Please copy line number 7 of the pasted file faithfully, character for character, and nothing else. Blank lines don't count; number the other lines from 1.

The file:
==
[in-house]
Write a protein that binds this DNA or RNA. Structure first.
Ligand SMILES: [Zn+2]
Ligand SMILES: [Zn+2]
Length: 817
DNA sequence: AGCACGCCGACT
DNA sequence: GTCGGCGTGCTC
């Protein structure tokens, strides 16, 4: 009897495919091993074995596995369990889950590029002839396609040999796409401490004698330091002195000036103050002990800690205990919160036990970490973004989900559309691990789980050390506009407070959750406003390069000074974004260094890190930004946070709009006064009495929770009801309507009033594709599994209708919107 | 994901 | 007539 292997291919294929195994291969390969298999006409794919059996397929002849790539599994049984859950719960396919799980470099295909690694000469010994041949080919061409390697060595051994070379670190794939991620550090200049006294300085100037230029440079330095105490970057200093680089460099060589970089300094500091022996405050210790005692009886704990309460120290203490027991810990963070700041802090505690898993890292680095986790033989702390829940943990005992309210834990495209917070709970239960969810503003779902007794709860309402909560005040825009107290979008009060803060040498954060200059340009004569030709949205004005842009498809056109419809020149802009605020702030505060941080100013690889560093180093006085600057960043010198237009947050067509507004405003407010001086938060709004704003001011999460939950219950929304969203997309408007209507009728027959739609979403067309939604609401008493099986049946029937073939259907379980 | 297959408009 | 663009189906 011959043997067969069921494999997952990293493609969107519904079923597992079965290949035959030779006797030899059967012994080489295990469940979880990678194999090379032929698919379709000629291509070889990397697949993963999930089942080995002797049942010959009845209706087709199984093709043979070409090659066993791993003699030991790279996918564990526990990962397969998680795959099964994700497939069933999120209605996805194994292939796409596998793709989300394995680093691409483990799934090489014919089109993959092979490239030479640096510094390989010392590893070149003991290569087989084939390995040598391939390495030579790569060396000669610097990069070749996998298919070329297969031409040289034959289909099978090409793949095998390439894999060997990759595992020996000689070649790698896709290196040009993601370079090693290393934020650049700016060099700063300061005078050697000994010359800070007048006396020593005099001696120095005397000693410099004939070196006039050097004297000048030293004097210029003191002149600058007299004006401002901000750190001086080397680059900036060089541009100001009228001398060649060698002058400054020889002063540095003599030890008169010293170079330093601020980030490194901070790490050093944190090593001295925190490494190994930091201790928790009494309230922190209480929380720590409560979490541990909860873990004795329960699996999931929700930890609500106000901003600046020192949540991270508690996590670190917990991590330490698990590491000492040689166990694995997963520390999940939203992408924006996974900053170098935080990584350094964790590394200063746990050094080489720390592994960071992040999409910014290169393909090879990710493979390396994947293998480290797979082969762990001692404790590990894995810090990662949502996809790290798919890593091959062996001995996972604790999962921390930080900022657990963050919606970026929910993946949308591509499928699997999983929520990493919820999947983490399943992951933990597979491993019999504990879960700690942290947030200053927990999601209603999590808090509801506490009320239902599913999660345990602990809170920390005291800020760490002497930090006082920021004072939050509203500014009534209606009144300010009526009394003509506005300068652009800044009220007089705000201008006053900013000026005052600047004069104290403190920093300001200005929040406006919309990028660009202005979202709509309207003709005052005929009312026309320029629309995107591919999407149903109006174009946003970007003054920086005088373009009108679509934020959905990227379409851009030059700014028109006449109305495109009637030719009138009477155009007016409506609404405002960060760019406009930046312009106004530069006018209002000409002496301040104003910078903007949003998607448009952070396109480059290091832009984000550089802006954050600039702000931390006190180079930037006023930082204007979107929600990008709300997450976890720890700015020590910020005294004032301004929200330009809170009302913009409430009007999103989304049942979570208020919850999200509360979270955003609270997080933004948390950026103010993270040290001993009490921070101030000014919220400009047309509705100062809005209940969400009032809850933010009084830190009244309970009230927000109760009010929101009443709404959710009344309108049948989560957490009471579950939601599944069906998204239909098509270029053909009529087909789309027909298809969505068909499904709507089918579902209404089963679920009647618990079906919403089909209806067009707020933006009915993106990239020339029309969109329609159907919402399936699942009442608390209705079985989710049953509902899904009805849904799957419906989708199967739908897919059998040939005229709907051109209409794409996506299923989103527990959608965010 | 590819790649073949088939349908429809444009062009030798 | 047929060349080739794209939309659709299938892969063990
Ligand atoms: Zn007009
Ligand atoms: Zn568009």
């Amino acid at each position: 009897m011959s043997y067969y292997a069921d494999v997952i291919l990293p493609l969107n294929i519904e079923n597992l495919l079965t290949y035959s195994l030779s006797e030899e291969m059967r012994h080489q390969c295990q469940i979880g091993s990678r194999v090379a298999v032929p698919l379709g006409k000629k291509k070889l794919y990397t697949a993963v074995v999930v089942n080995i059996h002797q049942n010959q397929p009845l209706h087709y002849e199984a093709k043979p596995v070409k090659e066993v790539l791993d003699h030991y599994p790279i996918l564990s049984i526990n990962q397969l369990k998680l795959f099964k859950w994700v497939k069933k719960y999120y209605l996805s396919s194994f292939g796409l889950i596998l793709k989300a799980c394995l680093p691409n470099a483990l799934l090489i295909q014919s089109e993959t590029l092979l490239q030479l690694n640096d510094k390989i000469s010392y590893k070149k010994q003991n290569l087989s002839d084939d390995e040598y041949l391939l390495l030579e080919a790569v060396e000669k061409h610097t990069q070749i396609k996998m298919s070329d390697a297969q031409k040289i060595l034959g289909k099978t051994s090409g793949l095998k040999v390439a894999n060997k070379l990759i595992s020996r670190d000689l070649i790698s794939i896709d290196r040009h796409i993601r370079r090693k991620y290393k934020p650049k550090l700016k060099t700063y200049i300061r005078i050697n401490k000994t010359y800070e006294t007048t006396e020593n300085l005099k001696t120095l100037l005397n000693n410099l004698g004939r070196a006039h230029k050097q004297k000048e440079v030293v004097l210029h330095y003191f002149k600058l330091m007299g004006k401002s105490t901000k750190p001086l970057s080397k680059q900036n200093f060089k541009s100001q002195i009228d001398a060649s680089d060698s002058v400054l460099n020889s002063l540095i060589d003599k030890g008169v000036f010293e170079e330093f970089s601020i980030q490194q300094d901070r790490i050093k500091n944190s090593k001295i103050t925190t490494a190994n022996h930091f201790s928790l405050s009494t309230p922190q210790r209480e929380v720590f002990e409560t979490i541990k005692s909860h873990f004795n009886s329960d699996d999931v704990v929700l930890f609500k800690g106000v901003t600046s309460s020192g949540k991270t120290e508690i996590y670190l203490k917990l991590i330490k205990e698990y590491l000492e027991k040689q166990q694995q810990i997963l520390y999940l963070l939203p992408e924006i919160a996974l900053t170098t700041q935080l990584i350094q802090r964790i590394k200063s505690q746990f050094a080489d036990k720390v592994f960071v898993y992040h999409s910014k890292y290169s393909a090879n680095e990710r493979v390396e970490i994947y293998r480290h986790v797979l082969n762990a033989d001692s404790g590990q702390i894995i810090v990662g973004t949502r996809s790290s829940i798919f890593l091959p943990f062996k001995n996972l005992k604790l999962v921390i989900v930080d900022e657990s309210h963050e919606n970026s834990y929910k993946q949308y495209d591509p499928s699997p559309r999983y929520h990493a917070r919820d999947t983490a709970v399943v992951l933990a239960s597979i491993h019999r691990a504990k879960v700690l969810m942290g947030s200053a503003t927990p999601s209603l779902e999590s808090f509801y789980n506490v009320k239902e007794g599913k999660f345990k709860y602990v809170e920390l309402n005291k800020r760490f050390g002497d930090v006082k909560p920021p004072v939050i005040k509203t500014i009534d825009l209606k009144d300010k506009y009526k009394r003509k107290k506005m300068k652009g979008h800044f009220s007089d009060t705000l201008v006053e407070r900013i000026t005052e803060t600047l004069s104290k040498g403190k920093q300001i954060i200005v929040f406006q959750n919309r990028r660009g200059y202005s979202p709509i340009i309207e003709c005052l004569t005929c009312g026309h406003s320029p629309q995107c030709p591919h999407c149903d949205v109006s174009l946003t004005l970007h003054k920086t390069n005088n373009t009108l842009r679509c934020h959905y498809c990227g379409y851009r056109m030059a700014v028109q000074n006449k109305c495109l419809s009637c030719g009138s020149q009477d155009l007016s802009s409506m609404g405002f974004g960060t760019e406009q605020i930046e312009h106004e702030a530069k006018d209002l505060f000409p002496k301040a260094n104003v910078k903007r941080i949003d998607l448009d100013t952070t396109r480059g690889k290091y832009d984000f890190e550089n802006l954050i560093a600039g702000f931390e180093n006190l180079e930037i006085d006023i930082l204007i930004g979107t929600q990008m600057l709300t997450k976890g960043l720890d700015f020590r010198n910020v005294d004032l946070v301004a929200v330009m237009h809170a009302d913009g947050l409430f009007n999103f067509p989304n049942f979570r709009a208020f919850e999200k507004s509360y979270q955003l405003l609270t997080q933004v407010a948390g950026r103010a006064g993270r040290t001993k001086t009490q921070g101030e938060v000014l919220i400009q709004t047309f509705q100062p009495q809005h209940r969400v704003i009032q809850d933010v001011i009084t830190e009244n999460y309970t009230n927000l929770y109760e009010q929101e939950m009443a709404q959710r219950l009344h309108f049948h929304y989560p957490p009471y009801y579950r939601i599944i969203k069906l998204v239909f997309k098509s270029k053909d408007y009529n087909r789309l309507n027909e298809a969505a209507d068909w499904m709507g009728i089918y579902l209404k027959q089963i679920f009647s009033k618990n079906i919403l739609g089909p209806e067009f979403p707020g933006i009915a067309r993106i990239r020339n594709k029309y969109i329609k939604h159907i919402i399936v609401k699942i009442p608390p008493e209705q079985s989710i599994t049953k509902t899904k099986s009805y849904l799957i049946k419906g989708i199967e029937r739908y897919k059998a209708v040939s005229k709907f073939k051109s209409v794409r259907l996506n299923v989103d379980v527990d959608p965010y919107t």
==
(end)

DNA sequence: GTCGGCGTGCTC